Phobos by Jason Brubaker is a new premium comic on the mobile comics platform Macroverse, a platform whose unique selling point is the fact that instead of scrolling the reader taps to progress in their comics reading. Phobos follows the humorous and horrifying misadventures of a mad scientist and his wacky assistants in a vampire’s castle, a premise perfectly suited to the Halloween season. But what is this Macroverse thing anyway, and how well does Phobos suit this format?
October 6, 2020
The first two episodes of Phobos are free to read while everything after that is paywalled, so there isn’t a lot of comics content to review. The art is slick, a sharp, high-contrast and grainy grayscale that reminds me of The Nightmare Before Christmas or The Corpse Bride. Phobos is a story that Brubaker has been working on self-publishing for many years now, and it’s clear he’s polished it to the highest level possible. I’m not quite sure what’s happening from the first two episodes, but the quality of the art alone is enough to keep me intrigued and reading. It successfully taps into my nostalgia for funny-spooky things. The jokes so far have landed pretty well.
However, the tap-to-progress “TapStory” format does not do this art justice.
Phobos was adapted from a traditional print comic for the mobile format, not created specifically for it, so not every panel fits perfectly. There are quite a few panels that are wider than a standard phone screen and take multiple taps to the right to progress through, but there are no options to swipe back and forth and take in the panel more seamlessly (as on the Shonen Jump mobile app, for example), or to turn the phone sideways to view the whole panel at once (as some Webtoons do for more horizontal panels.)
The tapping format, therefore, is more restrictive and gives the reader less control of their own reading experience. Sure, tapping might require more intent than scrolling down until the end of an episode, but readers can control their scrolling speed, while tapping without any kind of haptic feedback or a slight animation felt more disconnected to me than scrolling through a Webtoon at my own pace.
A legitimately interesting technique implemented is the way a background is held for multiple screens while a smaller panel is superimposed on top of it and the contents of that smaller panel change. This reminded me of indie animated music videos more than anything else, but it was a pleasant surprise. A friend I discussed this with told me the Team Fortress 2 comics also did something similar to this in 2012, but this is the first time I’ve seen it used in a mobile-first digital comic.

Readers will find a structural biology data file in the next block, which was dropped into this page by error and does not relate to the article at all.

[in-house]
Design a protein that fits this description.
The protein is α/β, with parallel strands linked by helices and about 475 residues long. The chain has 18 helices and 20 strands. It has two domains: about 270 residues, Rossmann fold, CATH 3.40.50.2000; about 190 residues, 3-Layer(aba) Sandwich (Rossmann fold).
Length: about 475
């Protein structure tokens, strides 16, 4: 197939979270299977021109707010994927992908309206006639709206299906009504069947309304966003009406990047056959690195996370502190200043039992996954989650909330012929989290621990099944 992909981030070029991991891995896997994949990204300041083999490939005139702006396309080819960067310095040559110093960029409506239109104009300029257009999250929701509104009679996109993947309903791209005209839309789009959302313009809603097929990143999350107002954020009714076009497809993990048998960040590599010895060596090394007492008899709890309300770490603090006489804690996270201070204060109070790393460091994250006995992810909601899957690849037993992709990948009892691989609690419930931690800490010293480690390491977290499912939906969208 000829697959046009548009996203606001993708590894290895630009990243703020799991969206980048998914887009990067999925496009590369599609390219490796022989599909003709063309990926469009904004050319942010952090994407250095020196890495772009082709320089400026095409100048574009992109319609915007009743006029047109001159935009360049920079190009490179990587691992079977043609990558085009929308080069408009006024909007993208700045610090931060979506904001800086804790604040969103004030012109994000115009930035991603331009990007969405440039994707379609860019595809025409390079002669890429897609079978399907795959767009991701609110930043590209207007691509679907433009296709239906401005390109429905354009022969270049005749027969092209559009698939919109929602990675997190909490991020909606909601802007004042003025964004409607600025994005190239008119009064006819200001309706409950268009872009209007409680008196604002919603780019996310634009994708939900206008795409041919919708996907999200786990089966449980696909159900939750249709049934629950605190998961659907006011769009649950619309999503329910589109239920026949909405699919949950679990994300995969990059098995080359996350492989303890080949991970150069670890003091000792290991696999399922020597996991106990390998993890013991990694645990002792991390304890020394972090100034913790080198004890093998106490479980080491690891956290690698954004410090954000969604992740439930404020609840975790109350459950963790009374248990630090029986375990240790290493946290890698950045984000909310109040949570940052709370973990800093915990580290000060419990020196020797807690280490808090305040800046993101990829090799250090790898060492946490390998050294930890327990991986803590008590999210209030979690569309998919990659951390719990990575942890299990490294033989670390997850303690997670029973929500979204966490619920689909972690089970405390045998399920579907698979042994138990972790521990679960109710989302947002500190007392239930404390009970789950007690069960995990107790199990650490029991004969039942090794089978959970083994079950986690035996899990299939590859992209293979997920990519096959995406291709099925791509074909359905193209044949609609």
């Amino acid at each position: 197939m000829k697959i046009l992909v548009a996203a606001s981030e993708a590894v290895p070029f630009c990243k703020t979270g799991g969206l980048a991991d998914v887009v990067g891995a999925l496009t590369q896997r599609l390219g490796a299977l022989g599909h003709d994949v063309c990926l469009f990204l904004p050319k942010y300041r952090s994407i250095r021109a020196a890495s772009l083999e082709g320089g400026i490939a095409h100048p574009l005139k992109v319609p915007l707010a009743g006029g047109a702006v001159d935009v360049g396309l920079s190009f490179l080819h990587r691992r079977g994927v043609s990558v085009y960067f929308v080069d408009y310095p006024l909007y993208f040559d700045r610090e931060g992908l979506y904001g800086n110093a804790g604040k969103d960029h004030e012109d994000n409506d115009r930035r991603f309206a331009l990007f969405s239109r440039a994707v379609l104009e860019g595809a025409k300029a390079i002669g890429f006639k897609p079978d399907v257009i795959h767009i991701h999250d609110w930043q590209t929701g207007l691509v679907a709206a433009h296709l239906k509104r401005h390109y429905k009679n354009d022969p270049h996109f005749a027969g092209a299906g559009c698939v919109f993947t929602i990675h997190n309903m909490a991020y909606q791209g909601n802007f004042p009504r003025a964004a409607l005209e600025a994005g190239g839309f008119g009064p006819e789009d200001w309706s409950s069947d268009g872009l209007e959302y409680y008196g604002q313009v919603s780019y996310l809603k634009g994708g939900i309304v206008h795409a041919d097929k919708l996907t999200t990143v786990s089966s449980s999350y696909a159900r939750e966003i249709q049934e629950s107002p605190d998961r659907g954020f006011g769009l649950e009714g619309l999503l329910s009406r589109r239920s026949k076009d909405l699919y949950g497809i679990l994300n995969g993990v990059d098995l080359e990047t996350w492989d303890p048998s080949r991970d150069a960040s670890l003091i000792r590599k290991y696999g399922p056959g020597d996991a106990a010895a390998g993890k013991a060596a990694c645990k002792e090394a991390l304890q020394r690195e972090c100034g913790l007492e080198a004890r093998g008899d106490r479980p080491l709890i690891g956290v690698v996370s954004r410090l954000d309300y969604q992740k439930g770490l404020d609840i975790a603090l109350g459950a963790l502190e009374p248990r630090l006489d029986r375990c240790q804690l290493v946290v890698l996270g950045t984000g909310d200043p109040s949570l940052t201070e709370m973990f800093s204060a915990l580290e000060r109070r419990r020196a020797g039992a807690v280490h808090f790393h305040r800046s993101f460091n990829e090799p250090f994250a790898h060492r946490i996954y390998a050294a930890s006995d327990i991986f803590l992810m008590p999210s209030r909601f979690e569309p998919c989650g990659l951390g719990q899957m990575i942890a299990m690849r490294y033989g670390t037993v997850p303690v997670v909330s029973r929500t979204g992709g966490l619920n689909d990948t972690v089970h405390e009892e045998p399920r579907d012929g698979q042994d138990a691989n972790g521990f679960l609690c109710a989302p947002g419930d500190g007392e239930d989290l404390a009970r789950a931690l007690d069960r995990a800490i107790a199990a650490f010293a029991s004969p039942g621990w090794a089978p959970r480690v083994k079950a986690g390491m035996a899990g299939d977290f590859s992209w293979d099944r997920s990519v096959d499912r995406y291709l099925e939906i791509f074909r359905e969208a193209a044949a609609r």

Tapping through the other offerings on this platform, as well as looking at its overall aesthetic and copy choices, I got a vague feeling that not only was I not the target audience for this, no woman was involved in the creation of anything related to Macroverse (founded by Eben Matthews and Adam Martin). Unlike Webtoon and Tapas, where both the reader and creator bases skew female, I could only find one comic with credited female creators (Hex 11, by Kelly Sue Milano and Lisa Weber). Which is… different, I guess! I don’t know if I’m comfortable calling this #thefutureofcomics like their Twitter bio says, though.
Also the Macroverse logo is obviously ripping off the Webtoon logo. Like. Come on, guys.
Phobos seems pretty fun so far, but I question the decision to paywall everything after only two short episodes. Even Tapas’s exclusive comics generally have at least five free episodes to fully hook readers before making them spend money for more. Overall, this app feels somewhat hostile to me as a mobile comics reader, and also a woman. Nothing about it is to my taste, but perhaps it will be to yours.